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Aylesbury Vale
The Aylesbury
Aylesbury
Vale (or Vale of Aylesbury) is a large area of gently rolling agricultural landscape located in the northern half of Buckinghamshire, England. Its boundary is marked by the Borough of Milton Keynes
Milton Keynes
and South Northamptonshire
South Northamptonshire
to the north, Central Bedfordshire and the Borough of Dacorum
Borough of Dacorum
(Hertfordshire) to the east, the Chiltern Hills
Chiltern Hills
and Wycombe to south, and South Oxfordshire
South Oxfordshire
to the west. The vale is named after Aylesbury, the county town of Buckinghamshire. Two other towns lie within the vale and they are Winslow and Buckingham. The bed of the vale is largely made up of clay that was formed at the end of the ice age
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Liberal Democrats (UK)
The Liberal Democrats (often referred to as the Lib Dems) are a liberal political party in the United Kingdom, formed in 1988 as a merger of the Liberal Party and the Social Democratic Party (SDP), a splinter group from the Labour Party. The two parties had formed the SDP–Liberal Alliance
SDP–Liberal Alliance
for seven years before this. At the 2010 general election, led by Nick Clegg, the Liberal Democrats won 57 seats, making them the third-largest party in the House of Commons, behind the Conservatives with 306 and Labour with 258.[18] With no party having an overall majority, the Lib Dems agreed to join a coalition government with the Conservatives, with Clegg becoming Deputy Prime Minister and other party members taking up ministerial positions.[19] At the 2015 general election, the party was reduced to eight MPs, and Clegg resigned as party leader.[20] They were replaced from their longstanding position as the third largest party by the SNP
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Hertfordshire
Hertfordshire
Hertfordshire
(/ˈhɑːrtfərdʃɪər/ ( listen)[n 1]; often abbreviated Herts) is a county in southern England, bordered by Bedfordshire
Bedfordshire
to the north, Cambridgeshire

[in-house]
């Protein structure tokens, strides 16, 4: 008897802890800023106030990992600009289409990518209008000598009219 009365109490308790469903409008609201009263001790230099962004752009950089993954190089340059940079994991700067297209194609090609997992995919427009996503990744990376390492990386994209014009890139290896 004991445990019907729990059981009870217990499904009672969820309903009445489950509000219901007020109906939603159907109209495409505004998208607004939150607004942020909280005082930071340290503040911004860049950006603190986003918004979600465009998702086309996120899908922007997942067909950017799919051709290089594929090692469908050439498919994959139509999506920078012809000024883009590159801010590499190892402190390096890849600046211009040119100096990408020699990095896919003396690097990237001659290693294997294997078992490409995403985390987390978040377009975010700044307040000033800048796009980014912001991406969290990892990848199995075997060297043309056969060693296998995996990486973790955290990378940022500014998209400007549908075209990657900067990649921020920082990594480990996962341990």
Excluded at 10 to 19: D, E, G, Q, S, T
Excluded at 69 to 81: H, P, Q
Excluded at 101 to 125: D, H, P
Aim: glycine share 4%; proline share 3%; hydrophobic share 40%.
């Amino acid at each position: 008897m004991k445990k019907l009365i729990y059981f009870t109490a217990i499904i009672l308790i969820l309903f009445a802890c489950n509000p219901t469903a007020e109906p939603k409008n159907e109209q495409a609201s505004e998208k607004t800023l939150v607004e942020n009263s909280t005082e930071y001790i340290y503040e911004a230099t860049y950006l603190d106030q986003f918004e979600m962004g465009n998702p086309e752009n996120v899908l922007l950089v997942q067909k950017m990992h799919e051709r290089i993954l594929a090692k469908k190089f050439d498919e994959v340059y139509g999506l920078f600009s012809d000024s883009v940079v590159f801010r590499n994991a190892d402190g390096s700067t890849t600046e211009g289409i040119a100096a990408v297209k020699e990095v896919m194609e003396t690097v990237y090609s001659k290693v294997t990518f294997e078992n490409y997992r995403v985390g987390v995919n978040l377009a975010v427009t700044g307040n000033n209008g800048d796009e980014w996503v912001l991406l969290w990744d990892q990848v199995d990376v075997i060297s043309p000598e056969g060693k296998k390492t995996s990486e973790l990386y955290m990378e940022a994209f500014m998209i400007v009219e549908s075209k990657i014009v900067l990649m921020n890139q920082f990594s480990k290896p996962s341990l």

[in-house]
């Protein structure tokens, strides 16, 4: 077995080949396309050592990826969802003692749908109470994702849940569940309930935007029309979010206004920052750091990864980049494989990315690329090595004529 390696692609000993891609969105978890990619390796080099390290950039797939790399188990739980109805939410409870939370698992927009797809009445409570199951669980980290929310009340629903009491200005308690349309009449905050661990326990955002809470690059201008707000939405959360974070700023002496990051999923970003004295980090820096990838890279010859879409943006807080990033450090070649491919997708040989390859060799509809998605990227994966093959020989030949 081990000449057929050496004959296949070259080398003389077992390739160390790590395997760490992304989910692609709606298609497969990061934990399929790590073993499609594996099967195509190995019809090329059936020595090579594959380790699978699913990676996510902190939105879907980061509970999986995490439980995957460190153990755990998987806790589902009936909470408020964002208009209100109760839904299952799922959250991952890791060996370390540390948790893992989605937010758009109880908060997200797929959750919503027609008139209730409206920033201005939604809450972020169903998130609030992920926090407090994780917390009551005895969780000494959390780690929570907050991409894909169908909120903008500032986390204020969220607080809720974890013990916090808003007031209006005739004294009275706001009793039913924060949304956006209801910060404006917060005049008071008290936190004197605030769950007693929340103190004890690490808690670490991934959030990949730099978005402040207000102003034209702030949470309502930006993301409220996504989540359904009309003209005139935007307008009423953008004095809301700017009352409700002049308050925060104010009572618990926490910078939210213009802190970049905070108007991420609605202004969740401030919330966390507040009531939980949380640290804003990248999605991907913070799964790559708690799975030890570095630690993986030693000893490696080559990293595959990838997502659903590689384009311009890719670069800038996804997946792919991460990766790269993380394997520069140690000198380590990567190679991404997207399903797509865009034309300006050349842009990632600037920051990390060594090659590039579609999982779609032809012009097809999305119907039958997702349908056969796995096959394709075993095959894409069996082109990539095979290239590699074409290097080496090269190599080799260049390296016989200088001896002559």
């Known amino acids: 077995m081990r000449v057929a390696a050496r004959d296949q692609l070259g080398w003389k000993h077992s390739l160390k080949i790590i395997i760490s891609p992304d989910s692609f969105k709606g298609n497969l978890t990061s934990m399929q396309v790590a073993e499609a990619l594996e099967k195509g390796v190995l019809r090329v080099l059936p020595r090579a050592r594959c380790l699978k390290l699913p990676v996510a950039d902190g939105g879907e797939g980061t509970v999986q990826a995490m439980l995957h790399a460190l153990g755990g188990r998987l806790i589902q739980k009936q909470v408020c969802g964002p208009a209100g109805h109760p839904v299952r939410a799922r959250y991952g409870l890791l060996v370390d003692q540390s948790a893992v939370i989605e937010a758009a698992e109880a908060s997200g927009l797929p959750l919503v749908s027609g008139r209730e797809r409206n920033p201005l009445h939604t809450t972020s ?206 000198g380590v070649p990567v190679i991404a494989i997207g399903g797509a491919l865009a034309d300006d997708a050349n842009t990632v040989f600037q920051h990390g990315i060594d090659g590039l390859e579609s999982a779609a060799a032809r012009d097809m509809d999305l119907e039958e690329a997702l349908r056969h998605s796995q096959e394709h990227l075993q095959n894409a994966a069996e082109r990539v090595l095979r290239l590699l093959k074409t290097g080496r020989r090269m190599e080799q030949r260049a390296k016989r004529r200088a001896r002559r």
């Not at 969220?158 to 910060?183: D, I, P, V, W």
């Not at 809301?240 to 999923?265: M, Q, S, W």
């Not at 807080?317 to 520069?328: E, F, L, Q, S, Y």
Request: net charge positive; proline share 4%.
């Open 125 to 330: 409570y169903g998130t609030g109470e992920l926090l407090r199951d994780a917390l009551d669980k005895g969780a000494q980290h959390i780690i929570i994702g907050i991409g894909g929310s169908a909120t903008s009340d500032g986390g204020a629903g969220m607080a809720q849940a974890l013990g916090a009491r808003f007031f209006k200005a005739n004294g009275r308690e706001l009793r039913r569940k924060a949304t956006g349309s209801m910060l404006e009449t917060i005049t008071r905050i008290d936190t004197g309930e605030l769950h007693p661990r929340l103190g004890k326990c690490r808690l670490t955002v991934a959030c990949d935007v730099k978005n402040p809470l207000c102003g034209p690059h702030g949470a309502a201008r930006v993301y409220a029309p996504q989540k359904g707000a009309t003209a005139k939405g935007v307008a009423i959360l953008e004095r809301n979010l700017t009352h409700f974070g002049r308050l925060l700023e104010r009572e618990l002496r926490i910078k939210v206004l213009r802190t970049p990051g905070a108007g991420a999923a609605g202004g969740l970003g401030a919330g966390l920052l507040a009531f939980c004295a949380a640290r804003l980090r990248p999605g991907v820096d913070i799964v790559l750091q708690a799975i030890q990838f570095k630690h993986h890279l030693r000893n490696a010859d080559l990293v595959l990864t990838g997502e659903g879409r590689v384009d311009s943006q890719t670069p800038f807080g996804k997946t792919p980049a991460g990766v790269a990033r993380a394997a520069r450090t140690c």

Cambridgeshire
to the north-east, Essex
Essex
to the east, Buckinghamshire
Buckinghamshire
to the west and Greater London
Greater London
to the south. For government statistical purposes, it is placed in the East of England
England
region. In 2013, the county had a population of 1,140,700[2] living in an area of 634 square miles (1,640 km2).[3] Four towns have between 50,000 and 100,000 residents: Hemel Hempstead, Stevenage, Watford
Watford
and St Albans
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UTC+1
UTC+01:00, known simply as UTC+1, is a time offset that adds 1 hour to Coordinated Universal Time
Coordinated Universal Time
(UTC). This time is used in:Central European Time West Africa Time Western European Summer TimeBritish Summer Time Irish Standard TimeRomance Standard Time (Microsoft Windows Control panel) Swatch Internet Time EVE OnlineIn ISO 8601 the associated time would be written as 2018-04-07T11:14:27+01:00.Contents1
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ONS Coding System
In the United Kingdom, the Office for National Statistics
Office for National Statistics
maintains a series of codes to represent a wide range of geographical areas of the UK, for use in tabulating census and other statistical data. These codes are referred to as ONS codes or GSS codes referring to the Government Statistical Service of which ONS is part. The previous hierarchical system of codes has been replaced as from January 2011[1] by a nine-character code for all types of geography, in which there is no relation between the code for a lower-tier area and the corresponding parent area
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Ordnance Survey National Grid
The Ordnance Survey
Ordnance Survey
National Grid reference
Grid reference
system is a system of geographic grid references used in Great Britain, distinct from latitude and longitude. It is often called British National Grid (BNG).[1][2] The Ordnance Survey
Ordnance Survey
(OS) devised the national grid reference system, and it is heavily used in their survey data, and in maps based on those surveys, whether published by the Ordnance Survey
Ordnance Survey
or by commercial map producers
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South Northamptonshire
South Northamptonshire
Northamptonshire
is a district in Northamptonshire, England. Its council is based in the town of Towcester, first established as a settlement in Roman Britain. The population of the Local Authority District Council in 2011 was 85,189.[1] The largest town in the district is Brackley, which had a population of 14,000 in 2008[2] followed by Towcester
Towcester
which has a population of nearly 10,000.[2] Other significant settlements in size include Deanshanger, Bugbrooke, Roade, King's Sutton, Silverstone
Silverstone
and Middleton Cheney
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Central Bedfordshire
Central Bedfordshire
Bedfordshire
is a unitary authority area in the ceremonial county of Bedfordshire, England. It was created from the merger of Mid Bedfordshire
Bedfordshire
and South Bedfordshire
Bedfordshire
District Councils on 1 April 2009.[1] With a budget of £500m the unitary council provides over a hundred services to a quarter of a million people, and is responsible for schools, social services, rubbish collection, roads, planning, leisure centres, libraries, care homes and more.[2][3]Contents1 Administrative history 2 Elections 3 Towns and villages 4 See also 5 References 6 External linksAdministrative history[edit] The county of Bedfordshire
Bedfordshire
was abolished on 1 April 2009
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Borough Of Dacorum